GM foods are developed – and marketed – because there is some perceived benefits either to the producer or consumer of these foods. This is supposed to translate into a product with a lower price, greater benefits (in terms of durability or nutritional value) or both. Initially GM seed developers wanted their products to be accepted by producers and have focused on innovations that provide direct benefit to farmers (and the food industry generally).
One of the objectives for developing plants based on GM organisms is to enhance crop protection. GM crops currently on the market are mainly aimed at increased levels of crop protection through the introduction of resistance against plant diseases caused by insects or viruses or through increased tolerance of herbicides.
Resistance against insects is achieved by incorporating into the food plant the gene for toxin production from the bacterium Bacillus thuringiensis (Bt). This toxin is currently used as a conventional insecticide in agriculture and is considered safe for human consumption. GM crops that inherently produce this toxin have been shown to require lower quantities of insecticides in specific situations, e.g. where pest pressure is high.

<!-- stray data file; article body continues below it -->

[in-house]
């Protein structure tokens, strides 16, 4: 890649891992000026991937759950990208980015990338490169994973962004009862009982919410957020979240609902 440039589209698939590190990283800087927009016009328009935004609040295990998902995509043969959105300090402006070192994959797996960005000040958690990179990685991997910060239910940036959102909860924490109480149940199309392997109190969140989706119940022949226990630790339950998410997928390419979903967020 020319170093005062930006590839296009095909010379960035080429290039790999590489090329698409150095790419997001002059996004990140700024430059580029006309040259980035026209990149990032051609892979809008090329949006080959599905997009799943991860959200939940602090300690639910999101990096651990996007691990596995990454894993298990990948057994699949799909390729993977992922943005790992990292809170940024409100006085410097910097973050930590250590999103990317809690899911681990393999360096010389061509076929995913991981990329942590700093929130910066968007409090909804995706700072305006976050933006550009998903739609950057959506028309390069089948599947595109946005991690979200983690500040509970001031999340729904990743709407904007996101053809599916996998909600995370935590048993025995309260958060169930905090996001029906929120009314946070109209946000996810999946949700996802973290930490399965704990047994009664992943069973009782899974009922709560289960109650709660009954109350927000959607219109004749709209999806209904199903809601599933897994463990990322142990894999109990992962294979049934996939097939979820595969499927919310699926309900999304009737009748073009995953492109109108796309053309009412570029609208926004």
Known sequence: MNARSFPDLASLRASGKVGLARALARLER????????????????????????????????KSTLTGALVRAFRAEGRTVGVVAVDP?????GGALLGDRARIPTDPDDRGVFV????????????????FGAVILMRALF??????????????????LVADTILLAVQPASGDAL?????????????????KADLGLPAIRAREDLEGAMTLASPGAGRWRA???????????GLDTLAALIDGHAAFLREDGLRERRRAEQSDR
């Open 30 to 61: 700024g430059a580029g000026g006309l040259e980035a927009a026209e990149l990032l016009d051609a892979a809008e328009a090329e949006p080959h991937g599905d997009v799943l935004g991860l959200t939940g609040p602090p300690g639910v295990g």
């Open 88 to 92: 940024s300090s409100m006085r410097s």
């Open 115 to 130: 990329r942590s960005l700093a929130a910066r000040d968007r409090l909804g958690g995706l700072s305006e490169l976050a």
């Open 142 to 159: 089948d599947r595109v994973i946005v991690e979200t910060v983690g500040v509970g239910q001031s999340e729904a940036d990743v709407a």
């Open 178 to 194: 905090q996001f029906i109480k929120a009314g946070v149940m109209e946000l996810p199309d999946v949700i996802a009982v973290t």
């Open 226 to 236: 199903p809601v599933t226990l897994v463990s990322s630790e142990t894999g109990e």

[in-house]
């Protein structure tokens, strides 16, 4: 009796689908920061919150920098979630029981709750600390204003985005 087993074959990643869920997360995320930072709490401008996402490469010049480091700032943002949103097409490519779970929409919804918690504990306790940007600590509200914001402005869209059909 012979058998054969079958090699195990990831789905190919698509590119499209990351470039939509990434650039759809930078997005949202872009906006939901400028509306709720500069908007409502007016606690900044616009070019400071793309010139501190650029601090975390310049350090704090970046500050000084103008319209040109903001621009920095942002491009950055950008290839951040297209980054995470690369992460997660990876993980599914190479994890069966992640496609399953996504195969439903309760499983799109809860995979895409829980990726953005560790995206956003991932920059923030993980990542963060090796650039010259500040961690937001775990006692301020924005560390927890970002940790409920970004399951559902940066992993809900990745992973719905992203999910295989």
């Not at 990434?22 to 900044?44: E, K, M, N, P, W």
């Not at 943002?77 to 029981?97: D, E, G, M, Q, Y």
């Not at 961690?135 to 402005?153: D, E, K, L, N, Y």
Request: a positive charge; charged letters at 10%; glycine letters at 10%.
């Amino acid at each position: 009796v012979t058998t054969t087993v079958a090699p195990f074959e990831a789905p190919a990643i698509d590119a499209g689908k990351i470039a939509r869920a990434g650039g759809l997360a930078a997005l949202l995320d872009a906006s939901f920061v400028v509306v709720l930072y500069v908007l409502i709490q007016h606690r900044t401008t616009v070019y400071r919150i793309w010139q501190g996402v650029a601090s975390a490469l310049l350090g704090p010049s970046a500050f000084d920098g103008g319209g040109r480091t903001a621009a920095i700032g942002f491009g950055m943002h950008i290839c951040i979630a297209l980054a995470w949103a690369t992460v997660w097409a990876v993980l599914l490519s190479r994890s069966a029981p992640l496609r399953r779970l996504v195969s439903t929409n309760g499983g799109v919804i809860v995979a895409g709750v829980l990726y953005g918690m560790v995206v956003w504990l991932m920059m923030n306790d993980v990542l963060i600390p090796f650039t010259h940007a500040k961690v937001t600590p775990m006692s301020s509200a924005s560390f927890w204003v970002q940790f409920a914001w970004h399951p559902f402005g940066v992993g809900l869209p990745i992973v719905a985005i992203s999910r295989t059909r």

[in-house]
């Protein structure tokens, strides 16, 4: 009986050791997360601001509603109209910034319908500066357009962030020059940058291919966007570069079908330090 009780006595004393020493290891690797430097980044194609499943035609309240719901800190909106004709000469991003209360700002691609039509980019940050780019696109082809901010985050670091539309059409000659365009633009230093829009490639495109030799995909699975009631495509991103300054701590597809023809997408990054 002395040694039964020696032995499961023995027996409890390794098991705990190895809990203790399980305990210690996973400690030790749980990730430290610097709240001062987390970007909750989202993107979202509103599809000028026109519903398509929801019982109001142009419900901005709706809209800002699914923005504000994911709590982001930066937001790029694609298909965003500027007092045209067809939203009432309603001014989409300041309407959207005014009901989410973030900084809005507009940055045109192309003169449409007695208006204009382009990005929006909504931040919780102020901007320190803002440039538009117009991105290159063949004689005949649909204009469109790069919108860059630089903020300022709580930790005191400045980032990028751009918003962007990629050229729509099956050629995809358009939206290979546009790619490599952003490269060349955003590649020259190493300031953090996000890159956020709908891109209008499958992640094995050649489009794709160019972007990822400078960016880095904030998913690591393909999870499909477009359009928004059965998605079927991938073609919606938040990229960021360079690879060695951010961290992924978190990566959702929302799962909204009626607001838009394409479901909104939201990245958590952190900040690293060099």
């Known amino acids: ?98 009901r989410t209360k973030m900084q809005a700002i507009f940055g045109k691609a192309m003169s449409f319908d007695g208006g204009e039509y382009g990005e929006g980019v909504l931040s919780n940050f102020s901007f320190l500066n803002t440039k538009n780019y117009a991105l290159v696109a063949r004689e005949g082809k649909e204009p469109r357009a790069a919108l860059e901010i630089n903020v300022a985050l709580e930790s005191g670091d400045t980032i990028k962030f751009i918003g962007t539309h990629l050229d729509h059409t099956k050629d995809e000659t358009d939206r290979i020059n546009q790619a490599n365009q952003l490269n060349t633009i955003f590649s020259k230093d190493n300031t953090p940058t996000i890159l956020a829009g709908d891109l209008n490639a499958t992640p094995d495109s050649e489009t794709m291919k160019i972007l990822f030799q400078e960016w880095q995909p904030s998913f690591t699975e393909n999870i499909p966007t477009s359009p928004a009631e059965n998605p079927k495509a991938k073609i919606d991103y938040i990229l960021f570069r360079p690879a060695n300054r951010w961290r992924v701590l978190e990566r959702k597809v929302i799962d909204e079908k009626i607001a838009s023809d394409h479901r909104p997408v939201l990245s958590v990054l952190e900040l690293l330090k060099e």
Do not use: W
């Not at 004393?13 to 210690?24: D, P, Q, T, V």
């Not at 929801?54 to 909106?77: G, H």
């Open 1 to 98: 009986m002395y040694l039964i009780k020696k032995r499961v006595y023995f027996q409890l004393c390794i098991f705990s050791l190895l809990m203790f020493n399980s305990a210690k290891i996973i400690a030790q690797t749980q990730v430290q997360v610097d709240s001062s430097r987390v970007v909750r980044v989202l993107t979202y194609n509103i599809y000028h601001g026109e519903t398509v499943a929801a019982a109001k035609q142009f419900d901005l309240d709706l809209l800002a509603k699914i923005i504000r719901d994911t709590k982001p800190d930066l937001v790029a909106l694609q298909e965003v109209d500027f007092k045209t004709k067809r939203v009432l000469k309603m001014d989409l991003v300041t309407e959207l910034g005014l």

Virus resistance is achieved through the introduction of a gene from certain viruses which cause disease in plants. Virus resistance makes plants less susceptible to diseases caused by such viruses, resulting in higher crop yields.
Herbicide tolerance is achieved through the introduction of a gene from a bacterium conveying resistance to some herbicides. In situations where weed pressure is high, the use of such crops has resulted in a reduction in the quantity of the herbicides used (World Health Organisation, 2014).
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